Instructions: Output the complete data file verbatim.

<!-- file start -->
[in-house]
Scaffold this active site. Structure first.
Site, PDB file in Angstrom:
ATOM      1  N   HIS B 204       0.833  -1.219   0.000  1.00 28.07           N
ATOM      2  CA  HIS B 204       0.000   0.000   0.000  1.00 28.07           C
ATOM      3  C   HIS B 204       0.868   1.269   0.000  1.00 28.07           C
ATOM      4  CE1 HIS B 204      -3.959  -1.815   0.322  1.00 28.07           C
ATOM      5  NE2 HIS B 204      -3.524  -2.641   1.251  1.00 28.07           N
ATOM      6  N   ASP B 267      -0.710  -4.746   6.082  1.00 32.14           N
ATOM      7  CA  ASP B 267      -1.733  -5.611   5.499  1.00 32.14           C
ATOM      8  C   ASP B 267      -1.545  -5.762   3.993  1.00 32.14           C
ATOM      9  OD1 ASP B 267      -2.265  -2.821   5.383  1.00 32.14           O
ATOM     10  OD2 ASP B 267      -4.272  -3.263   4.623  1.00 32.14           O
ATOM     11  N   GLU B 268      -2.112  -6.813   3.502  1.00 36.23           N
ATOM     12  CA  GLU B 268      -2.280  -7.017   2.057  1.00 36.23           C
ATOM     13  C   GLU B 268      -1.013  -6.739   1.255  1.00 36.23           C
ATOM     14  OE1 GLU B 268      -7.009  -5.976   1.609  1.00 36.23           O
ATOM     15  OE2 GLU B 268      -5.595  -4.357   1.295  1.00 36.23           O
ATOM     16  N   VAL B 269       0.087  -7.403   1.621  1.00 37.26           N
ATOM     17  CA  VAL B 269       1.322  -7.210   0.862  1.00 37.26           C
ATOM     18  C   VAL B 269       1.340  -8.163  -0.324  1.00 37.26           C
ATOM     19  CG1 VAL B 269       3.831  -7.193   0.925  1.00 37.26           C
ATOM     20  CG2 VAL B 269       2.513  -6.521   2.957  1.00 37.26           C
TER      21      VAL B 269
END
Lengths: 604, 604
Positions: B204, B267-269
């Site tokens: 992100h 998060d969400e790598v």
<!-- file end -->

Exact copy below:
[in-house]
Scaffold this active site. Structure first.
Site, PDB file in Angstrom:
ATOM      1  N   HIS B 204       0.833  -1.219   0.000  1.00 28.07           N
ATOM      2  CA  HIS B 204       0.000   0.000   0.000  1.00 28.07           C
ATOM      3  C   HIS B 204       0.868   1.269   0.000  1.00 28.07           C
ATOM      4  CE1 HIS B 204      -3.959  -1.815   0.322  1.00 28.07           C
ATOM      5  NE2 HIS B 204      -3.524  -2.641   1.251  1.00 28.07           N
ATOM      6  N   ASP B 267      -0.710  -4.746   6.082  1.00 32.14           N
ATOM      7  CA  ASP B 267      -1.733  -5.611   5.499  1.00 32.14           C
ATOM      8  C   ASP B 267      -1.545  -5.762   3.993  1.00 32.14           C
ATOM      9  OD1 ASP B 267      -2.265  -2.821   5.383  1.00 32.14           O
ATOM     10  OD2 ASP B 267      -4.272  -3.263   4.623  1.00 32.14           O
ATOM     11  N   GLU B 268      -2.112  -6.813   3.502  1.00 36.23           N
ATOM     12  CA  GLU B 268      -2.280  -7.017   2.057  1.00 36.23           C
ATOM     13  C   GLU B 268      -1.013  -6.739   1.255  1.00 36.23           C
ATOM     14  OE1 GLU B 268      -7.009  -5.976   1.609  1.00 36.23           O
ATOM     15  OE2 GLU B 268      -5.595  -4.357   1.295  1.00 36.23           O
ATOM     16  N   VAL B 269       0.087  -7.403   1.621  1.00 37.26           N
ATOM     17  CA  VAL B 269       1.322  -7.210   0.862  1.00 37.26           C
ATOM     18  C   VAL B 269       1.340  -8.163  -0.324  1.00 37.26           C
ATOM     19  CG1 VAL B 269       3.831  -7.193   0.925  1.00 37.26           C
ATOM     20  CG2 VAL B 269       2.513  -6.521   2.957  1.00 37.26           C
TER      21      VAL B 269
END
Lengths: 604, 604
Positions: B204, B267-269
């Site tokens: 992100h 998060d969400e790598v």